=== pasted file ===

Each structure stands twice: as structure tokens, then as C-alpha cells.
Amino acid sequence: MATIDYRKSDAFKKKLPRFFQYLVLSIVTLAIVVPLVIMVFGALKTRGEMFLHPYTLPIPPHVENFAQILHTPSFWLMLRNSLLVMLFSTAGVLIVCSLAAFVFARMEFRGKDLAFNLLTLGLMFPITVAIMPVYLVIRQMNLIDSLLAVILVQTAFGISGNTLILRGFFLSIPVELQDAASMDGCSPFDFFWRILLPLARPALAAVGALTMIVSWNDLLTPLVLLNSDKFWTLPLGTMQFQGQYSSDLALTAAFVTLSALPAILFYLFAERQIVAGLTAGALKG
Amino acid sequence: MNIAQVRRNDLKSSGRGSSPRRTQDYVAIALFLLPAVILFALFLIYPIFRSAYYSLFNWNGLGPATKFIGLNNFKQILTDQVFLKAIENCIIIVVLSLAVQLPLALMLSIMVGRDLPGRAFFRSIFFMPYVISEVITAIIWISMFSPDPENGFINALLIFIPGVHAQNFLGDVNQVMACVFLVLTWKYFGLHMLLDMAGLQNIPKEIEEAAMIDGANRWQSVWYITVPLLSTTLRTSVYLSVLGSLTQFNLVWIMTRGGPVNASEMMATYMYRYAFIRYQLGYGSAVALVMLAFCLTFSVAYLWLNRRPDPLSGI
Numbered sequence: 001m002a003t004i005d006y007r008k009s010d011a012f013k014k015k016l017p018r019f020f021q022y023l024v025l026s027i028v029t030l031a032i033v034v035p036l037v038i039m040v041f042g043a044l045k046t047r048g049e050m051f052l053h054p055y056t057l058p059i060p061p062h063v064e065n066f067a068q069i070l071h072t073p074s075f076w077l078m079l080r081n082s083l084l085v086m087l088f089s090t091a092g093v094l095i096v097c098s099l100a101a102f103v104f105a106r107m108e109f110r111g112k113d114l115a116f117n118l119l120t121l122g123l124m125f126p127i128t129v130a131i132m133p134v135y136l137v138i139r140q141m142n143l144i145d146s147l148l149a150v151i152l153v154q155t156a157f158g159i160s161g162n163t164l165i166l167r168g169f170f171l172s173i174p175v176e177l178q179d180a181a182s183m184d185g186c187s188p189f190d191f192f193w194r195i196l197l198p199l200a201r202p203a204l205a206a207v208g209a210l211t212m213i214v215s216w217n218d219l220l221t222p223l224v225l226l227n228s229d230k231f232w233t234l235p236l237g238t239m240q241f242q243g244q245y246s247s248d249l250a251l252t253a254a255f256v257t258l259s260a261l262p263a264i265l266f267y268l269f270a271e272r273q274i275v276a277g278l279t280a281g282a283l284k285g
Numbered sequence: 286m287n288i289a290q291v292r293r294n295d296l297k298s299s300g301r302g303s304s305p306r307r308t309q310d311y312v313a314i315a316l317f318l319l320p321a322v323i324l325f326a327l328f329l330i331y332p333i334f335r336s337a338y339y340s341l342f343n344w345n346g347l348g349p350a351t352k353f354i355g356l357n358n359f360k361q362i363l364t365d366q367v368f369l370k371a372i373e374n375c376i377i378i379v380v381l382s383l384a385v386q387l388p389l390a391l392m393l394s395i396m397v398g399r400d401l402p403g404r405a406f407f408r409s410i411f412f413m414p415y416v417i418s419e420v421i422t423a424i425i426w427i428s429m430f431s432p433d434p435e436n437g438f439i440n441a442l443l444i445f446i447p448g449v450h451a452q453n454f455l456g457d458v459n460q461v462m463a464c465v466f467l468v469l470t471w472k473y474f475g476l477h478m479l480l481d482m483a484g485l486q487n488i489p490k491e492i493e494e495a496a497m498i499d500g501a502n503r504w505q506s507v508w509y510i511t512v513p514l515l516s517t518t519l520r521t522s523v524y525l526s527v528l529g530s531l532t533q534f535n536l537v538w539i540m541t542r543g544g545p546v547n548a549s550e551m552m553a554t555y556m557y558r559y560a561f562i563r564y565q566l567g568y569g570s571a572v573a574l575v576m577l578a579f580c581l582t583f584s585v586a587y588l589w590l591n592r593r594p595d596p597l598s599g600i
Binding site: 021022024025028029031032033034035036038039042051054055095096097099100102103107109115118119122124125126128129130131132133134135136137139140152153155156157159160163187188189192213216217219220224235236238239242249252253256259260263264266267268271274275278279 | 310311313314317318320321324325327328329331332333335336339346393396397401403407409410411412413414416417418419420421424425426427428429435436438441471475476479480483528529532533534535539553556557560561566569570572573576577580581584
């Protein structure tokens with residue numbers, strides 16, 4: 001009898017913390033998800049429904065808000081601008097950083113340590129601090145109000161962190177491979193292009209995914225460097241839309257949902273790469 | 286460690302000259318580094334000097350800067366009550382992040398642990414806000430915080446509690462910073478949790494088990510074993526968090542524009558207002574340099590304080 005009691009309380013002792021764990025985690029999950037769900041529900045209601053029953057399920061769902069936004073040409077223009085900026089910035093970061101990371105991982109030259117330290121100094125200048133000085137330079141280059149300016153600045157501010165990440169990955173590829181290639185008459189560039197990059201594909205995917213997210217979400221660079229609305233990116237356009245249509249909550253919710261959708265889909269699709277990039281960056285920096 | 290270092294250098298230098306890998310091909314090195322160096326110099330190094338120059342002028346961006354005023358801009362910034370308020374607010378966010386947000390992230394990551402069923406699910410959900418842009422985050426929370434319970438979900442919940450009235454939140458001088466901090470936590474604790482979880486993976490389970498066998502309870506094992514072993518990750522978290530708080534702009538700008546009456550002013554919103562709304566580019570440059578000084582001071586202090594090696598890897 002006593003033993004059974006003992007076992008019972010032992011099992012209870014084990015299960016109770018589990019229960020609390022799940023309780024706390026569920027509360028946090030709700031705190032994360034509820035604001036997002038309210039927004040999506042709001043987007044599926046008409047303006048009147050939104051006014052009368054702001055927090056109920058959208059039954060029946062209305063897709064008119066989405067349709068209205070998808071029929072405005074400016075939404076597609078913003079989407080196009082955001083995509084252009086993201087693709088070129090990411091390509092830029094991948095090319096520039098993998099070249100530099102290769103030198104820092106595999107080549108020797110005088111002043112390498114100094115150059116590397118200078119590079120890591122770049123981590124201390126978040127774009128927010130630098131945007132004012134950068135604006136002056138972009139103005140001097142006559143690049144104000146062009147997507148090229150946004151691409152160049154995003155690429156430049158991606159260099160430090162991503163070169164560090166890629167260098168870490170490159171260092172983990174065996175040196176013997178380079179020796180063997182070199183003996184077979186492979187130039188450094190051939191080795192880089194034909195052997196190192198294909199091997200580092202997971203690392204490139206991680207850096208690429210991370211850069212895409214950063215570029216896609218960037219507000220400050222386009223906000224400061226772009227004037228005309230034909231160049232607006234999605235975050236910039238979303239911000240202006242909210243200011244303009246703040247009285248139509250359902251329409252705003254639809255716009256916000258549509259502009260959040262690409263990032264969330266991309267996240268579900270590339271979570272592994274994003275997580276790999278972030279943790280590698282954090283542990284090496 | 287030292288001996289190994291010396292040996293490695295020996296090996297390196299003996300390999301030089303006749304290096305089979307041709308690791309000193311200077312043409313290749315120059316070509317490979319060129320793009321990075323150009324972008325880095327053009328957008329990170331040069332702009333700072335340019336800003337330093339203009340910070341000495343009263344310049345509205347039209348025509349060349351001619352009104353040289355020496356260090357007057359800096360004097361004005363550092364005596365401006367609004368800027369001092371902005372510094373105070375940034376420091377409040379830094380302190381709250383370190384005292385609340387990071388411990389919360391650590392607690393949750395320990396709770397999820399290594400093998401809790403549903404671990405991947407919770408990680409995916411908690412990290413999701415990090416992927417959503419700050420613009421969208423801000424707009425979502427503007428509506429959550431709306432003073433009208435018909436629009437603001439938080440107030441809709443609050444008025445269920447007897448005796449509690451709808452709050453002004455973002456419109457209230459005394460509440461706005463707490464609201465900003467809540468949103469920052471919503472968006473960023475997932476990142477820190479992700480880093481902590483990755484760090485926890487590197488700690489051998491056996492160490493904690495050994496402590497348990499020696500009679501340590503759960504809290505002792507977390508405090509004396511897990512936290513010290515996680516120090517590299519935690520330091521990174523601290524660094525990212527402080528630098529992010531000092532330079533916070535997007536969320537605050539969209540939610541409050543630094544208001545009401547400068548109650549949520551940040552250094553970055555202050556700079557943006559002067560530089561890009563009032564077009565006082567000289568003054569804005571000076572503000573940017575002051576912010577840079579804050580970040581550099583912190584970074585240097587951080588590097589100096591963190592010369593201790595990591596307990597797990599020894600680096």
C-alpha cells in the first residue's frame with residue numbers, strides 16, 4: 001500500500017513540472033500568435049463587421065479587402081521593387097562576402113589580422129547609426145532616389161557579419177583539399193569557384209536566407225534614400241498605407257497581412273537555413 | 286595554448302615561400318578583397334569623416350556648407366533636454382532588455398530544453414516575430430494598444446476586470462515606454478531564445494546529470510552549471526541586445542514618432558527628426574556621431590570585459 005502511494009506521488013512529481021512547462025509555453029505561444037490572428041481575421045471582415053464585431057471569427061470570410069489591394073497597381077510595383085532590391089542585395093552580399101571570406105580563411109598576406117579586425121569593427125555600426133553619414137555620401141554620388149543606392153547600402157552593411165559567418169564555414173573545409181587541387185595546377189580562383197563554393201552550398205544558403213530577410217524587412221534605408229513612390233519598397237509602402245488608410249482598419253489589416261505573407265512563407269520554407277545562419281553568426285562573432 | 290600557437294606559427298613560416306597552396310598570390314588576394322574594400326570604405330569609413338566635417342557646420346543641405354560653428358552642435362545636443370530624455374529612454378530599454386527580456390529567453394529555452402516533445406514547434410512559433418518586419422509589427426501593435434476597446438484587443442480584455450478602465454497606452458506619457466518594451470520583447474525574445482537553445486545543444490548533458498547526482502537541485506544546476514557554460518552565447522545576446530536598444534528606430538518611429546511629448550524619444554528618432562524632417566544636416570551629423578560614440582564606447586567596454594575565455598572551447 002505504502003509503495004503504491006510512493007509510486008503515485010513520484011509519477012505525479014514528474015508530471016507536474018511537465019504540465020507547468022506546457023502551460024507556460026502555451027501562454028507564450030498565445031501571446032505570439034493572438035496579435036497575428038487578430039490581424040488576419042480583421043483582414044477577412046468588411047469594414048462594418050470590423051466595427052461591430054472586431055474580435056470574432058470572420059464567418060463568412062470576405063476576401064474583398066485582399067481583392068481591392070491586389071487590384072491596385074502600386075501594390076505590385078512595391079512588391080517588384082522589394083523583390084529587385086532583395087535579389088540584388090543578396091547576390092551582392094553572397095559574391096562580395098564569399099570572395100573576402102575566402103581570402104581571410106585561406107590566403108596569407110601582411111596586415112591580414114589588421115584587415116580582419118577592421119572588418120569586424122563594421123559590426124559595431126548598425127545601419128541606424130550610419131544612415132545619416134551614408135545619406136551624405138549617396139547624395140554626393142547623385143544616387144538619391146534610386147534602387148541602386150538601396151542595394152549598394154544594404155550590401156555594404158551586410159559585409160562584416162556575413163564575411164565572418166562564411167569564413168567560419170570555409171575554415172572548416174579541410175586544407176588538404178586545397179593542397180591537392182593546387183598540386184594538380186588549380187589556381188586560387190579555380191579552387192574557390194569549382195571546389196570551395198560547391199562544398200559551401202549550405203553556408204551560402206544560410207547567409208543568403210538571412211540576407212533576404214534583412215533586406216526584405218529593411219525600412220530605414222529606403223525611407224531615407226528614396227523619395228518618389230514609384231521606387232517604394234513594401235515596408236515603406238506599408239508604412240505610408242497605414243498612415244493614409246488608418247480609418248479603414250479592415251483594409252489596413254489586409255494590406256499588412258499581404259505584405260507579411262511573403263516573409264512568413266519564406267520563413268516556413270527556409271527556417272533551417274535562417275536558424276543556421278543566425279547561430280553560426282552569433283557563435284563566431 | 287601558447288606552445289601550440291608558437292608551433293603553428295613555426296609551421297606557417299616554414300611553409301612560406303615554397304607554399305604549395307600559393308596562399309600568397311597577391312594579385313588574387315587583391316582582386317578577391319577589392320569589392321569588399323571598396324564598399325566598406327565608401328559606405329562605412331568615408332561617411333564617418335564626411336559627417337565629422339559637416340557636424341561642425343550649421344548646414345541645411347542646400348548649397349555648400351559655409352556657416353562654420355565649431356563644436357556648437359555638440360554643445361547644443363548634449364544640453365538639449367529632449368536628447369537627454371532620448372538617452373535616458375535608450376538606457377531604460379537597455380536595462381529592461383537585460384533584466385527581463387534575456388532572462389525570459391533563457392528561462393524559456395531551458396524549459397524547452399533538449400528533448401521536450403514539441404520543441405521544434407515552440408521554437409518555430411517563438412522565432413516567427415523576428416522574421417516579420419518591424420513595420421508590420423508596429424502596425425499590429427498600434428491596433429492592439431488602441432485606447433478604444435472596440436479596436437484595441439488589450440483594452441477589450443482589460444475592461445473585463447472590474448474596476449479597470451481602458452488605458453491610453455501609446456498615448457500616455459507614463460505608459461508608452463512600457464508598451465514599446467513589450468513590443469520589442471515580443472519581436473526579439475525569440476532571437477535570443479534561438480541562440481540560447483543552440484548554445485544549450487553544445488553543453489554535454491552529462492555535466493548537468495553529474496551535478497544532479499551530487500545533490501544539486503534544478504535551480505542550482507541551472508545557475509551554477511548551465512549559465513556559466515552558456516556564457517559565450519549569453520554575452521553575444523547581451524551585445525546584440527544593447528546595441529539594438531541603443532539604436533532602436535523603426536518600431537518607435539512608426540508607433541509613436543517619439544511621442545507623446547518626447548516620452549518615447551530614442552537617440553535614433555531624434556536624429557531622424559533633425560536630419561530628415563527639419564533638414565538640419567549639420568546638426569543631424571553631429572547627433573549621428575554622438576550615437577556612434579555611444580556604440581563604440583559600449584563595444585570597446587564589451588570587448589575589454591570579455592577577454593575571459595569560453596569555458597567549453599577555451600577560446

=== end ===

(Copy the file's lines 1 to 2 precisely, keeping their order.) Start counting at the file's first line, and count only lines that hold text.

Each structure stands twice: as structure tokens, then as C-alpha cells.
Amino acid sequence: MATIDYRKSDAFKKKLPRFFQYLVLSIVTLAIVVPLVIMVFGALKTRGEMFLHPYTLPIPPHVENFAQILHTPSFWLMLRNSLLVMLFSTAGVLIVCSLAAFVFARMEFRGKDLAFNLLTLGLMFPITVAIMPVYLVIRQMNLIDSLLAVILVQTAFGISGNTLILRGFFLSIPVELQDAASMDGCSPFDFFWRILLPLARPALAAVGALTMIVSWNDLLTPLVLLNSDKFWTLPLGTMQFQGQYSSDLALTAAFVTLSALPAILFYLFAERQIVAGLTAGALKG